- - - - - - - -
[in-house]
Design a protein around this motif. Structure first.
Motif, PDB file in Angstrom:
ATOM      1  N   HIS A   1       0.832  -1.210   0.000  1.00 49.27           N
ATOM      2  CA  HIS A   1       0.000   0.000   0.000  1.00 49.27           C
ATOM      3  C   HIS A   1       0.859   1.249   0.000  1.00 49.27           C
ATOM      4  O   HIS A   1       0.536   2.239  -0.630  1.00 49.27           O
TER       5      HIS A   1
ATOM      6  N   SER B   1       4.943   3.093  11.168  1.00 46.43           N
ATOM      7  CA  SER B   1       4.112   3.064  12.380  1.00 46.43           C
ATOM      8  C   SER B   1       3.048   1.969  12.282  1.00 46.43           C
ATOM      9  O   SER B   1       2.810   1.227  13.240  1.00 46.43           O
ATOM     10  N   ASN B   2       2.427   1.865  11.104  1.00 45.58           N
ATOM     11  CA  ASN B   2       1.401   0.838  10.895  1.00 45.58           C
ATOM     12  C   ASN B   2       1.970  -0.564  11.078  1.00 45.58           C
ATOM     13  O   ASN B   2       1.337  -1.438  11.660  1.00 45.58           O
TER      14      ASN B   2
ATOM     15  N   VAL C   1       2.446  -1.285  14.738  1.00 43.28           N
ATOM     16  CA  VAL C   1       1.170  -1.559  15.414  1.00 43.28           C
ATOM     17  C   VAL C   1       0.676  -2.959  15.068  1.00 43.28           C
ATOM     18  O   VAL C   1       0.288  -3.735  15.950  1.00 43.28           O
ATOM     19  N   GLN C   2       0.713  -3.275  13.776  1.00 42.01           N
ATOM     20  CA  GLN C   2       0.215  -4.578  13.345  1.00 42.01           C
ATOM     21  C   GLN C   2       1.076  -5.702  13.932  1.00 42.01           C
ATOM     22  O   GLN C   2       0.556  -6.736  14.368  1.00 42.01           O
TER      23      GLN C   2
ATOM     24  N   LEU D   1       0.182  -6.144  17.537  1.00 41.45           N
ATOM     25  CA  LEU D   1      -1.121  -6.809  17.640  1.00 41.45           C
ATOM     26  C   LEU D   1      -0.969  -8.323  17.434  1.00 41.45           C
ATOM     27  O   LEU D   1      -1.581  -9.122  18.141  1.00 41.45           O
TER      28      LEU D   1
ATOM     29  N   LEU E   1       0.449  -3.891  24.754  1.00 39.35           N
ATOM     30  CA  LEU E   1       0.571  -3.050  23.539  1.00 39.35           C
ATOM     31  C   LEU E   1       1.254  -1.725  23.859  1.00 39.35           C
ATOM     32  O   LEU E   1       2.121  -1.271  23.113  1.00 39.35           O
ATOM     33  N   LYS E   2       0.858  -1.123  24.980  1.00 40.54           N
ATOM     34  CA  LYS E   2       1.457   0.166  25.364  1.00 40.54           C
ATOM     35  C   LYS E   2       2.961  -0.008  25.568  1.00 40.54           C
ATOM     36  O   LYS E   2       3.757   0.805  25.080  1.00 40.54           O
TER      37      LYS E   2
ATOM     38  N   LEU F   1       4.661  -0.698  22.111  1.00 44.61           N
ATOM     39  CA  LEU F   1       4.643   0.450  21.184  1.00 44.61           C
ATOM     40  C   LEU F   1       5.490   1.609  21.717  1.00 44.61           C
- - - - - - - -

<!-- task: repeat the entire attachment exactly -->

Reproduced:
[in-house]
Design a protein around this motif. Structure first.
Motif, PDB file in Angstrom:
ATOM      1  N   HIS A   1       0.832  -1.210   0.000  1.00 49.27           N
ATOM      2  CA  HIS A   1       0.000   0.000   0.000  1.00 49.27           C
ATOM      3  C   HIS A   1       0.859   1.249   0.000  1.00 49.27           C
ATOM      4  O   HIS A   1       0.536   2.239  -0.630  1.00 49.27           O
TER       5      HIS A   1
ATOM      6  N   SER B   1       4.943   3.093  11.168  1.00 46.43           N
ATOM      7  CA  SER B   1       4.112   3.064  12.380  1.00 46.43           C
ATOM      8  C   SER B   1       3.048   1.969  12.282  1.00 46.43           C
ATOM      9  O   SER B   1       2.810   1.227  13.240  1.00 46.43           O
ATOM     10  N   ASN B   2       2.427   1.865  11.104  1.00 45.58           N
ATOM     11  CA  ASN B   2       1.401   0.838  10.895  1.00 45.58           C
ATOM     12  C   ASN B   2       1.970  -0.564  11.078  1.00 45.58           C
ATOM     13  O   ASN B   2       1.337  -1.438  11.660  1.00 45.58           O
TER      14      ASN B   2
ATOM     15  N   VAL C   1       2.446  -1.285  14.738  1.00 43.28           N
ATOM     16  CA  VAL C   1       1.170  -1.559  15.414  1.00 43.28           C
ATOM     17  C   VAL C   1       0.676  -2.959  15.068  1.00 43.28           C
ATOM     18  O   VAL C   1       0.288  -3.735  15.950  1.00 43.28           O
ATOM     19  N   GLN C   2       0.713  -3.275  13.776  1.00 42.01           N
ATOM     20  CA  GLN C   2       0.215  -4.578  13.345  1.00 42.01           C
ATOM     21  C   GLN C   2       1.076  -5.702  13.932  1.00 42.01           C
ATOM     22  O   GLN C   2       0.556  -6.736  14.368  1.00 42.01           O
TER      23      GLN C   2
ATOM     24  N   LEU D   1       0.182  -6.144  17.537  1.00 41.45           N
ATOM     25  CA  LEU D   1      -1.121  -6.809  17.640  1.00 41.45           C
ATOM     26  C   LEU D   1      -0.969  -8.323  17.434  1.00 41.45           C
ATOM     27  O   LEU D   1      -1.581  -9.122  18.141  1.00 41.45           O
TER      28      LEU D   1
ATOM     29  N   LEU E   1       0.449  -3.891  24.754  1.00 39.35           N
ATOM     30  CA  LEU E   1       0.571  -3.050  23.539  1.00 39.35           C
ATOM     31  C   LEU E   1       1.254  -1.725  23.859  1.00 39.35           C
ATOM     32  O   LEU E   1       2.121  -1.271  23.113  1.00 39.35           O
ATOM     33  N   LYS E   2       0.858  -1.123  24.980  1.00 40.54           N
ATOM     34  CA  LYS E   2       1.457   0.166  25.364  1.00 40.54           C
ATOM     35  C   LYS E   2       2.961  -0.008  25.568  1.00 40.54           C
ATOM     36  O   LYS E   2       3.757   0.805  25.080  1.00 40.54           O
TER      37      LYS E   2
ATOM     38  N   LEU F   1       4.661  -0.698  22.111  1.00 44.61           N
ATOM     39  CA  LEU F   1       4.643   0.450  21.184  1.00 44.61           C
ATOM     40  C   LEU F   1       5.490   1.609  21.717  1.00 44.61           C